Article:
If there is a choice between daydreaming about the Cambodian sunset or reading architect’s office statements on their website, we choose the first.
Practicing in a rural landscape where there is no machinery or electricity makes you think about the necessity of basic needs you thought us city-dwellers can't live without. In fact, we found that the physical comfort and social identities that a city offers come from a very superficial state of mind. Let's just say we are curious whether we can articulate an alternative way of life to the so-called developed world through architecture.
We prefer buildings that are sustainable to ones that are seemingly more comforting. We prefer economical solutions to extravagant ones. We can’t tell you exactly when our architecture team started. We like to say it was 2009, but we only had one of us studying architecture. So eventually we drifted towards what we do today – a shared desire to be simple and honest, as opposed to neo-environmentalists to tropical-critical-regionalists.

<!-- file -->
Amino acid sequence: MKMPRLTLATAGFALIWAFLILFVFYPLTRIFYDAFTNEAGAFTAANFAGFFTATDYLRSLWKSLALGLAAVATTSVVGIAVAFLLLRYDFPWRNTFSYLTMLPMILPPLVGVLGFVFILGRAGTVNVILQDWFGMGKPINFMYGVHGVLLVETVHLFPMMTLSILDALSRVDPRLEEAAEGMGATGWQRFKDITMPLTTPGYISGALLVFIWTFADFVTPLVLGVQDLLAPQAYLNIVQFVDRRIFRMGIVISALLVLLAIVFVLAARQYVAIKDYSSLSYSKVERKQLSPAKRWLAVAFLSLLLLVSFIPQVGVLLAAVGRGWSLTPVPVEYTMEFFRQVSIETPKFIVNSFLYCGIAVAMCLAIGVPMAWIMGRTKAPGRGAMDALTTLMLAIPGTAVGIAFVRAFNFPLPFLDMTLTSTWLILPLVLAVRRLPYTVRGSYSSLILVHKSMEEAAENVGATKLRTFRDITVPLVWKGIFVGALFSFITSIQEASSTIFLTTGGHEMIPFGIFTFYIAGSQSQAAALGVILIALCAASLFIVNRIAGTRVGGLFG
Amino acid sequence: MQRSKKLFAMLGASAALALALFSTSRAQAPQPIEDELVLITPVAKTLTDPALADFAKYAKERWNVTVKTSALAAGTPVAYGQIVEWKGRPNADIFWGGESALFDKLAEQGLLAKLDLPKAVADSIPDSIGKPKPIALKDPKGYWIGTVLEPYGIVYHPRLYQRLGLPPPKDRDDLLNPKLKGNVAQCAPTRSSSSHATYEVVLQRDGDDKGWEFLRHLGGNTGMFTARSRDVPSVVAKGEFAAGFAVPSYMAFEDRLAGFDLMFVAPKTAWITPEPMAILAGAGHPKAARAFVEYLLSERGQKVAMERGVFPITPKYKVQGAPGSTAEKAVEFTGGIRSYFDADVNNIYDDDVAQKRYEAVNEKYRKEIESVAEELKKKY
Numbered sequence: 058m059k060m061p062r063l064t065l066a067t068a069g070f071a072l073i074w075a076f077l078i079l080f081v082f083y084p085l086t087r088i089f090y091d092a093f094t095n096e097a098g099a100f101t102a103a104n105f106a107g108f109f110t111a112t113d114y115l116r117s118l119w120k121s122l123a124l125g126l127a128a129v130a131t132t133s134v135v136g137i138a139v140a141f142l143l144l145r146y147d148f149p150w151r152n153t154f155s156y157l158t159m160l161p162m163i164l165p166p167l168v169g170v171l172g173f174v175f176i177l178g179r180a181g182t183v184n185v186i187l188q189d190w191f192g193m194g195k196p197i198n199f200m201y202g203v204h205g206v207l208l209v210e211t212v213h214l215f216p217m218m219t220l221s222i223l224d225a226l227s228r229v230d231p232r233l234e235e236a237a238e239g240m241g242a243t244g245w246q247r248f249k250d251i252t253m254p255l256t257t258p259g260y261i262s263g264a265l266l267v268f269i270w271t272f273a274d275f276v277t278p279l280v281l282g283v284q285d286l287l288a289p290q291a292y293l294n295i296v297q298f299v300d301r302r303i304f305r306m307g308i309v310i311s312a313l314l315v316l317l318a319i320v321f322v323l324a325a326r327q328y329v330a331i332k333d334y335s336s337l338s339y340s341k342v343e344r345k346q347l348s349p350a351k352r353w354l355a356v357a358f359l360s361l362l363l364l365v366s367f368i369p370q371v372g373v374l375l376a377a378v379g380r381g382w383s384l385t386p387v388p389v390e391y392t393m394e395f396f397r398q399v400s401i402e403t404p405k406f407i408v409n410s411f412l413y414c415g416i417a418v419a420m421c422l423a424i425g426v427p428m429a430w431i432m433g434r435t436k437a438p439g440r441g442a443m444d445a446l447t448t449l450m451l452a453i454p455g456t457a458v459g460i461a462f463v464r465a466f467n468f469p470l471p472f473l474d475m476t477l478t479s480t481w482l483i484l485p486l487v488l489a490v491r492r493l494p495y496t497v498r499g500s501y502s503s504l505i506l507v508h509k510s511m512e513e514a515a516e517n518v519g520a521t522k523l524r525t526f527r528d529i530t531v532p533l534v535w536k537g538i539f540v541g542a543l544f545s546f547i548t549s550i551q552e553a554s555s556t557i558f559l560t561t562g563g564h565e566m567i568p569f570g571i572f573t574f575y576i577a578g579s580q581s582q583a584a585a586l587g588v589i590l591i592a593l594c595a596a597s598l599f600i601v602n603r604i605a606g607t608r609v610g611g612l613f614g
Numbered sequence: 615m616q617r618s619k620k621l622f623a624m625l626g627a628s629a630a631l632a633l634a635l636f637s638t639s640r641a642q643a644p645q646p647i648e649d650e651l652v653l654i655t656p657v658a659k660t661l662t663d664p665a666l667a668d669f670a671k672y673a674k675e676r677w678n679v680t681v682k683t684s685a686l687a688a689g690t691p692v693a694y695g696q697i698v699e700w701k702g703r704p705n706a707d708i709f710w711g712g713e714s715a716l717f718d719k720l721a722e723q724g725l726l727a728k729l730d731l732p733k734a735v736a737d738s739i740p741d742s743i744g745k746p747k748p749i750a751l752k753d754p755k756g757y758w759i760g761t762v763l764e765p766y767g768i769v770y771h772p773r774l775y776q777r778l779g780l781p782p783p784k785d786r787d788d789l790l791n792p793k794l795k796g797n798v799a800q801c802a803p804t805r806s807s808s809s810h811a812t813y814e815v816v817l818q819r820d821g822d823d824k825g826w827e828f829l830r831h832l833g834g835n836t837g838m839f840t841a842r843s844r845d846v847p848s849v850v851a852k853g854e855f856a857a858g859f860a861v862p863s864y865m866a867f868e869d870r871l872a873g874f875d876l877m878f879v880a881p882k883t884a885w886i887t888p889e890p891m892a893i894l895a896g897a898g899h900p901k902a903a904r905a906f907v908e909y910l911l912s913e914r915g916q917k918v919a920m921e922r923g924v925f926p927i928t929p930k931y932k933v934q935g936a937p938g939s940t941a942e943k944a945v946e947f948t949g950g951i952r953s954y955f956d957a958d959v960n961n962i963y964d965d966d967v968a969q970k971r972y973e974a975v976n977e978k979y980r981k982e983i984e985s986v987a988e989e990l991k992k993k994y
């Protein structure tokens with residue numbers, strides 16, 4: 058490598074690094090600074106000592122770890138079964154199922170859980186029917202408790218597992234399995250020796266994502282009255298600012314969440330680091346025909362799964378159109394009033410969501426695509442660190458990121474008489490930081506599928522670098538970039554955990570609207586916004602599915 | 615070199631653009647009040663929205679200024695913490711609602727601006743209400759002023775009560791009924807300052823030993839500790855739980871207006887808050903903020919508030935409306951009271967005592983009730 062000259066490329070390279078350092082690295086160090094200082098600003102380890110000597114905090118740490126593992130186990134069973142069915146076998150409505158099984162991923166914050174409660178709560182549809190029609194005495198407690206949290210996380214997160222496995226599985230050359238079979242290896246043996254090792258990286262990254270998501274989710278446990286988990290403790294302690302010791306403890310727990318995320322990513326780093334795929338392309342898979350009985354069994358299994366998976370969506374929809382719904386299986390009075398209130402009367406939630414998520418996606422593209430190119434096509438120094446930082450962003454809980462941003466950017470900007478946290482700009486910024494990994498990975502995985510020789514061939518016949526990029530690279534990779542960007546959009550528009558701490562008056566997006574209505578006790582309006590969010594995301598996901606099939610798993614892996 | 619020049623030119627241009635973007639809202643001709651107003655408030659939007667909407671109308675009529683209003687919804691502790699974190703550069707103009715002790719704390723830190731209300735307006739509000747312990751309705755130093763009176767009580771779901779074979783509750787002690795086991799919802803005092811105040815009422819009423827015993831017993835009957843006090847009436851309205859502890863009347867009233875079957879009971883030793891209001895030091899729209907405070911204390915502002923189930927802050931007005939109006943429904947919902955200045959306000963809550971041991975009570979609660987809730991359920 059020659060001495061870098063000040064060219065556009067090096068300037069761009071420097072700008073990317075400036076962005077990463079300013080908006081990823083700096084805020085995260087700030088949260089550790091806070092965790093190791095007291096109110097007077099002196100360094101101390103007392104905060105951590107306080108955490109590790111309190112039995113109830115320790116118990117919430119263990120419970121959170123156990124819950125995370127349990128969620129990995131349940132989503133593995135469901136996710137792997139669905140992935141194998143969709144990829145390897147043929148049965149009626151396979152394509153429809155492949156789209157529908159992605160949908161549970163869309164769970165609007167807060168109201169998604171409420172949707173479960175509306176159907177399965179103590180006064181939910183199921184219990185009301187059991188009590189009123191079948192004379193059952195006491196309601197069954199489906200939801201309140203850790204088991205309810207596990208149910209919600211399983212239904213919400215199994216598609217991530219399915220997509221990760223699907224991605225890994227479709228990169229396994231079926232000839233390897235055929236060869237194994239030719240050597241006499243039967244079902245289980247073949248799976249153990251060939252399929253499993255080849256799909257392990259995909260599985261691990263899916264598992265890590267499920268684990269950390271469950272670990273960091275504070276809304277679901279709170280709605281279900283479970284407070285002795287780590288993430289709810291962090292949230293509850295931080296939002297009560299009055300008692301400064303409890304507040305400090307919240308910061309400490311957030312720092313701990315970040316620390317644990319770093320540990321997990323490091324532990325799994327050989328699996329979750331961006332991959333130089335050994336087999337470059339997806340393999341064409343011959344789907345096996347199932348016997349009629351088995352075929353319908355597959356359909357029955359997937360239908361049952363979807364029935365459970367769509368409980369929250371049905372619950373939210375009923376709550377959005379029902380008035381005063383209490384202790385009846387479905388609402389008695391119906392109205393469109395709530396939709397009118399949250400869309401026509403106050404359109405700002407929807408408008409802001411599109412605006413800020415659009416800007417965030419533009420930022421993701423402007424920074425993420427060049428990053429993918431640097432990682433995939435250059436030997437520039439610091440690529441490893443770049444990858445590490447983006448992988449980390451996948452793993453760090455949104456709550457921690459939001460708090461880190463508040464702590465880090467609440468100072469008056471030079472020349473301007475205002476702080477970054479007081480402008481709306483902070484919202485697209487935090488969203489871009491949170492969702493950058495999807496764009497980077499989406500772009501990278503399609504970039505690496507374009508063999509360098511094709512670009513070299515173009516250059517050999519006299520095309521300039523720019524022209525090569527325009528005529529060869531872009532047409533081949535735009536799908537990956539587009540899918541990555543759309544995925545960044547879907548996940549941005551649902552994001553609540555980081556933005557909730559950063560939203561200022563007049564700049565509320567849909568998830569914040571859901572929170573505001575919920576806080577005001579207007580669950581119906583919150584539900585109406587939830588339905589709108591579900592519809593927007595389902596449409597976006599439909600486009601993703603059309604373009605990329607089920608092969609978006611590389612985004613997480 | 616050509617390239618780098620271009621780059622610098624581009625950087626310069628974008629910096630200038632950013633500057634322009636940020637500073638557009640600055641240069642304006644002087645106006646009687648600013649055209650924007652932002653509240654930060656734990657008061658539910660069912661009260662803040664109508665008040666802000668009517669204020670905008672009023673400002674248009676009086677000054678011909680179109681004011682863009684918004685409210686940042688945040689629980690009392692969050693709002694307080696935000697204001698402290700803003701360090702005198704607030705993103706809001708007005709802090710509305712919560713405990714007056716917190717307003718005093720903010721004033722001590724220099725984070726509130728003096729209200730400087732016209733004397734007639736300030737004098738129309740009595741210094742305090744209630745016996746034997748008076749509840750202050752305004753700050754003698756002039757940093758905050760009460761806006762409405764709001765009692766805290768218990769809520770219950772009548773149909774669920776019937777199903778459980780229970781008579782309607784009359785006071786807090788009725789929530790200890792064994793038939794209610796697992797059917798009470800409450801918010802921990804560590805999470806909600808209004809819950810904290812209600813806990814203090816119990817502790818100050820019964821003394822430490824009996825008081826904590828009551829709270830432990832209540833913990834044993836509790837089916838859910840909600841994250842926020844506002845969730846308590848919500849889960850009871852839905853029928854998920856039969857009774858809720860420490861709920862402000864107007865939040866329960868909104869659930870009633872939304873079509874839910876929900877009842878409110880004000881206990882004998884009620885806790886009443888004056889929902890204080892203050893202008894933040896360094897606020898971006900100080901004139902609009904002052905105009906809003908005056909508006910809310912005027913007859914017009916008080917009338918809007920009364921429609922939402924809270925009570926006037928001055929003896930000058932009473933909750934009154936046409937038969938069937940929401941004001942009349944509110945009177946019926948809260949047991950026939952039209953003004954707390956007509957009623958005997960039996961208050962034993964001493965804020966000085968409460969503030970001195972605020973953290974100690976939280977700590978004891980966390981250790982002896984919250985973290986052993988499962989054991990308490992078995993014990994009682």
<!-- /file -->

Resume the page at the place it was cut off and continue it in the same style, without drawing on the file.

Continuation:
In 2011, we began a summer office around a large table, working through a range of design experiments – a make-believe of architectural fantasies, problems, and thoughts about what we would be building in the developing world. As we’ve grown, we continue to operate around a similar curiosity on each project through playful experimentation and serious research. Here we try to index that work - our briefs, sites, love for Khmer architects, houses, schools, playgrounds, installations, furniture, writing, experiments and films.
We believe working collectively is always better than working individually. Every project is a great learning process. From designing to building, we try to involve students alike to materialise our architecture. Therefore, our local builders are like our family. Do you know that one of our master builders is also a musician? He crafts his own khhim!
Meet Mr. Wey.